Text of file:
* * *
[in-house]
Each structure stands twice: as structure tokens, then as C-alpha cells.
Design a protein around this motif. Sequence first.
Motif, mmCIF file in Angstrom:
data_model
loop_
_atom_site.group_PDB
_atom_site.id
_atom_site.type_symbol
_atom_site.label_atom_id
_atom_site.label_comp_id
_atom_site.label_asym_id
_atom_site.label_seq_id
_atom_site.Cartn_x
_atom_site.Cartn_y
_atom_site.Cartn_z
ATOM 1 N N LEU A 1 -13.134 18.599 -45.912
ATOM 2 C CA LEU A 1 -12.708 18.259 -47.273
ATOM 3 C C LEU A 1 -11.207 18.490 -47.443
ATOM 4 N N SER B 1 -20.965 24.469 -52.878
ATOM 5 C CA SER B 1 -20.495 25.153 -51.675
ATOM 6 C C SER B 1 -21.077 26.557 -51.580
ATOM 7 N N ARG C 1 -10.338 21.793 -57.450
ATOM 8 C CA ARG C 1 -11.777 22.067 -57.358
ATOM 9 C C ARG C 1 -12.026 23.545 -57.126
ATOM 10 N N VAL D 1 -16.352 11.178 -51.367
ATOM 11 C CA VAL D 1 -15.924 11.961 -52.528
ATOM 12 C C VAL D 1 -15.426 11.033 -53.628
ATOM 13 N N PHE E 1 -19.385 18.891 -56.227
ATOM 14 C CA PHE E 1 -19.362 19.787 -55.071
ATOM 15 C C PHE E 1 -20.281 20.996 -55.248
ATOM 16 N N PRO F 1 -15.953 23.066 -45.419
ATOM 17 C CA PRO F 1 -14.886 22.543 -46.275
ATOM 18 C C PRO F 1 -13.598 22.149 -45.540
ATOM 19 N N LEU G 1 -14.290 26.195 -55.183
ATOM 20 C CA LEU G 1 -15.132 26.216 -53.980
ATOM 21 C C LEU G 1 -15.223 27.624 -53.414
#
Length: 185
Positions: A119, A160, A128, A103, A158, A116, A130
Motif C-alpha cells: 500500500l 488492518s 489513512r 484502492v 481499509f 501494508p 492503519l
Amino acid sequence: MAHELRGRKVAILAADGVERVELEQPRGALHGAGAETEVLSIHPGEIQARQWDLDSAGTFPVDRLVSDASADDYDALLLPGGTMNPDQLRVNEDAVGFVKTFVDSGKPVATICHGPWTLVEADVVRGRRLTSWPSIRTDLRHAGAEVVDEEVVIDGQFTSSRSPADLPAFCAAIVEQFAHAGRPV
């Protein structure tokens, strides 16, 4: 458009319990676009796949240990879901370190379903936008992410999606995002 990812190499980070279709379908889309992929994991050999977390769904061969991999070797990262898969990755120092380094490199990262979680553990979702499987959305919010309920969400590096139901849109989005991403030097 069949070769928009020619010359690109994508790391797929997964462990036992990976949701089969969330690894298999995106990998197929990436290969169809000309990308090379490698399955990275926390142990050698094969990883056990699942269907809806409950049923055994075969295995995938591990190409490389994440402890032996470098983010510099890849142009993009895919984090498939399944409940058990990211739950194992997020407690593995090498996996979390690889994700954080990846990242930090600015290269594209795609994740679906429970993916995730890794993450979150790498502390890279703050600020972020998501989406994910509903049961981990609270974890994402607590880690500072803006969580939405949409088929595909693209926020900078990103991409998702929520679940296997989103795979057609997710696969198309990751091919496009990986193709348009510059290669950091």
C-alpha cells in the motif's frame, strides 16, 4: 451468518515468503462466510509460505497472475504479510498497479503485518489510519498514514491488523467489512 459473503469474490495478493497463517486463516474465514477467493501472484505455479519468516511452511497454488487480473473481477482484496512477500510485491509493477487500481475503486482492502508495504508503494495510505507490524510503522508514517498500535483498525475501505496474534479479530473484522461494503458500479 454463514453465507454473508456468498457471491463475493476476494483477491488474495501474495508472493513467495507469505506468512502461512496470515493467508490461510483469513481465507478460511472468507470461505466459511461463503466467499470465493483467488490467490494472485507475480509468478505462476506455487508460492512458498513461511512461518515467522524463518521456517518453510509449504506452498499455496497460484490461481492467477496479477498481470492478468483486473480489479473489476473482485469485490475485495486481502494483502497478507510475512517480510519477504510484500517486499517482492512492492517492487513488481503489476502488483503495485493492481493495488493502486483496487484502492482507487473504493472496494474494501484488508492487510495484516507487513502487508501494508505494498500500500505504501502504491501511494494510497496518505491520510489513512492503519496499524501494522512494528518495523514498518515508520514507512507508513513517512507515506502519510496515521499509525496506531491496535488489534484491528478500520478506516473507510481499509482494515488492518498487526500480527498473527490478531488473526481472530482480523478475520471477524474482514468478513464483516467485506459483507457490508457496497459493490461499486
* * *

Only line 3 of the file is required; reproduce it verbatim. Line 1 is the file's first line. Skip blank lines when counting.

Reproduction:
Design a protein around this motif. Sequence first.